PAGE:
By John Murray

   Environmentalist Kevin Zak displays a piece of egg he discovered at the base of a CL&P utility pole in Beacon Falls that used to house an Osprey nest. The utility company, acting on verbal permission granted by the Connecticut Department of Environment and Energy (DEEP), destroyed the nest this past weekend. The utility company was under strict orders to leave the nest alone if they found eggs in it. The nest was destroyed, and Mitch Gross, a spokesmen for CL&P said there were no eggs in the nest.

   Kevin Zak and Sondra Harman disagree.

   Zak and Harmen are leaders of the Naugatuck River Revival Group and have led dozens of river clean-ups from Ansonia to Waterbury. Zak had spent hours filming the Osprey nest for a wildlife documentary called “The Hidden World”, and he was the first one to discover the nest had been demolished. Zak fired off dozens of e-mails to find out out who destroyed the Osprey nest, and collected pieces of egg at the base of the pole for evidence.

   State wildlife officials are investigating the incident, and the U.S. Department of Fish and Wildlife is starting to ask questions. Osprey are federally protected and the state is not allowed to give permission for nest deconstruction without gaining a federal permit. That didn’t happen. Pieces of egg have been obtained by the Waterbury Observer and will be analyzed to see if they are from fresh eggs. If they are, then CL&P workers who destroyed the nest will face federal penalties.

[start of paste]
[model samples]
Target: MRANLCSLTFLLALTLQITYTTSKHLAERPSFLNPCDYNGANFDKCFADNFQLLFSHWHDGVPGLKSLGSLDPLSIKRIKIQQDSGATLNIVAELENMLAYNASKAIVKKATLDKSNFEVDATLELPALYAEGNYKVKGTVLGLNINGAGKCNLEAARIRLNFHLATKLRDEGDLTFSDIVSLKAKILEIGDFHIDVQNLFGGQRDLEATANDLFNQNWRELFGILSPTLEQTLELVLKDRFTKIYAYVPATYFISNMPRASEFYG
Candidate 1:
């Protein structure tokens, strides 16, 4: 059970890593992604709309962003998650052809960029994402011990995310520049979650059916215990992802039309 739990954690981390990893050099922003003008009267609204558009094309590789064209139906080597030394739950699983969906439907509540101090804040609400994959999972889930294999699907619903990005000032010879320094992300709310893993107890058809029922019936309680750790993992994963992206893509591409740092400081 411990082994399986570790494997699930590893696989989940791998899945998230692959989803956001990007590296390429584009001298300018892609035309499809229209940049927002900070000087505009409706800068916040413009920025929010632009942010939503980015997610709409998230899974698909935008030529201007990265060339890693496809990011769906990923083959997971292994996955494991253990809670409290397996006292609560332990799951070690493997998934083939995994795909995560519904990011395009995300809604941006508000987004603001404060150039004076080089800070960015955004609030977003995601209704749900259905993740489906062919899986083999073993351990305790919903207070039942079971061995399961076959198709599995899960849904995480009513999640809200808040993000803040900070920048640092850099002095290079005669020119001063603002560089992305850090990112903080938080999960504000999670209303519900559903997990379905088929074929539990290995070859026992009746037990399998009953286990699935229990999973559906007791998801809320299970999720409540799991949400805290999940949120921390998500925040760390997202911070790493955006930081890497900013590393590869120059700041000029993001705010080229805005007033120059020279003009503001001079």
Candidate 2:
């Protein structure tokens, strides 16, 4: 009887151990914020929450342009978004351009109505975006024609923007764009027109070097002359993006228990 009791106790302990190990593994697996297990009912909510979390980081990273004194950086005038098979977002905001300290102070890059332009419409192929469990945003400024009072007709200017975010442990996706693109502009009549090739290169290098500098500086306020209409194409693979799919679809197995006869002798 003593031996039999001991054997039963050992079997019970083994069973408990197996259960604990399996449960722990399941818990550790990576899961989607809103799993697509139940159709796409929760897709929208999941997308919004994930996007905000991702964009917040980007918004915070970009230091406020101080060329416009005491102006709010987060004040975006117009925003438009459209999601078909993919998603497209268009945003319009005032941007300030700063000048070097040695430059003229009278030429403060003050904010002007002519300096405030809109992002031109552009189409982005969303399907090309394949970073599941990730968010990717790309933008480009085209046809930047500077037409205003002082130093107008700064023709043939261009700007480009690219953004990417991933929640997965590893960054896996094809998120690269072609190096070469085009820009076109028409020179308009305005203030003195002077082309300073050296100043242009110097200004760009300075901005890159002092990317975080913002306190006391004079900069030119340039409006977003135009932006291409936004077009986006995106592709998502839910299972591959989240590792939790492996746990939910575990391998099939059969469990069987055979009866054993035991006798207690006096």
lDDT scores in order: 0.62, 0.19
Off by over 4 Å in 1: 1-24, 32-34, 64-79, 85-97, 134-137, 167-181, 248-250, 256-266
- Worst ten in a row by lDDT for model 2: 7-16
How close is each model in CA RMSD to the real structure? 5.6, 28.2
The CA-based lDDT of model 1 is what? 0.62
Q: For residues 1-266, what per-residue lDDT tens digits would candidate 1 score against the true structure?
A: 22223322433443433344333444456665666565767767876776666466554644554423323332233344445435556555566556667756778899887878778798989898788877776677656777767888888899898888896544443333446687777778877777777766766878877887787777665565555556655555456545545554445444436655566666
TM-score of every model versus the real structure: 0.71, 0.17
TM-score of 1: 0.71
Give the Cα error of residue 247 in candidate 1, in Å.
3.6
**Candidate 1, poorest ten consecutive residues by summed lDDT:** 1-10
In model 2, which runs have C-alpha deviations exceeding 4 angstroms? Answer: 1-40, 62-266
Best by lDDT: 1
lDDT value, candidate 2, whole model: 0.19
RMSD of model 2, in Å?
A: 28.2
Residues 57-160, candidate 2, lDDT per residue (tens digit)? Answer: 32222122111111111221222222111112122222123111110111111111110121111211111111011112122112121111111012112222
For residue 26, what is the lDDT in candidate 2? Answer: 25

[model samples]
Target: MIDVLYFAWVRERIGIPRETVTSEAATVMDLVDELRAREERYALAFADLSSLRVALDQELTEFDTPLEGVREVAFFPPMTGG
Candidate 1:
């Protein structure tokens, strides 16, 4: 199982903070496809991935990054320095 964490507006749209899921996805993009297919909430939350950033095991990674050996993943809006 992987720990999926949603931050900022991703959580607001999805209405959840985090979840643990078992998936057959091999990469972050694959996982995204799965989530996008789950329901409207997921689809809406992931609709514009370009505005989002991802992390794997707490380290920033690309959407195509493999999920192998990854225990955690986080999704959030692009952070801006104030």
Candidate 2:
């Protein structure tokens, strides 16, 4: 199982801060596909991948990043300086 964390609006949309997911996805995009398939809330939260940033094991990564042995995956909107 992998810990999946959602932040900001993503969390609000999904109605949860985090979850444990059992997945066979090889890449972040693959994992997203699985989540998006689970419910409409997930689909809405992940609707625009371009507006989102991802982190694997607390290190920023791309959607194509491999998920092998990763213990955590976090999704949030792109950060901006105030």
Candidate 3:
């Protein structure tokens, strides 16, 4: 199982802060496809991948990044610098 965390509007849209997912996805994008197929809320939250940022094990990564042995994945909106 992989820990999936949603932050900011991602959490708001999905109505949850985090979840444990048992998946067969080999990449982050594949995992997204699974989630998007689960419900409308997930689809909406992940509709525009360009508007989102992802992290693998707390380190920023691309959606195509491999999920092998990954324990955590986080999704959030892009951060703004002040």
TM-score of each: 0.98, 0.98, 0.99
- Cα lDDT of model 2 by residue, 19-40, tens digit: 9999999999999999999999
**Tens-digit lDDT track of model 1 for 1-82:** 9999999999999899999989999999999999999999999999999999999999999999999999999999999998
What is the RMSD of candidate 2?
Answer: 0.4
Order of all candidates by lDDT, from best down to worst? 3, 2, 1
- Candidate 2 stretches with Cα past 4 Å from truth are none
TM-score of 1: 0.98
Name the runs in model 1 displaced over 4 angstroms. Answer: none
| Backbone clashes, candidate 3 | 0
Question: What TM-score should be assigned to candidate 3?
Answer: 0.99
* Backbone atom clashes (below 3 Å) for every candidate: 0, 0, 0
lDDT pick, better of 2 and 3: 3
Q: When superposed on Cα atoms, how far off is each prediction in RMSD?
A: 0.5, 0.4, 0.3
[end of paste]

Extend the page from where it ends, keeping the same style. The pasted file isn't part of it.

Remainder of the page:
CL&P has responded to public outcry, and intense media scrutiny, and is erecting an Osprey platform in Beacon Falls tomorrow morning, April 27th, to allow the ousted birds a chance to rebuild a nest in a safer environment.

   Fourteen years ago two Virginia Department of Transportation employees were fined $500 each by the U.S. Fish and Wildlife Service for illegally destroying an osprey nest at the Jamestown-Scotland Ferry. The maximum fine is $5000 and six months in jail.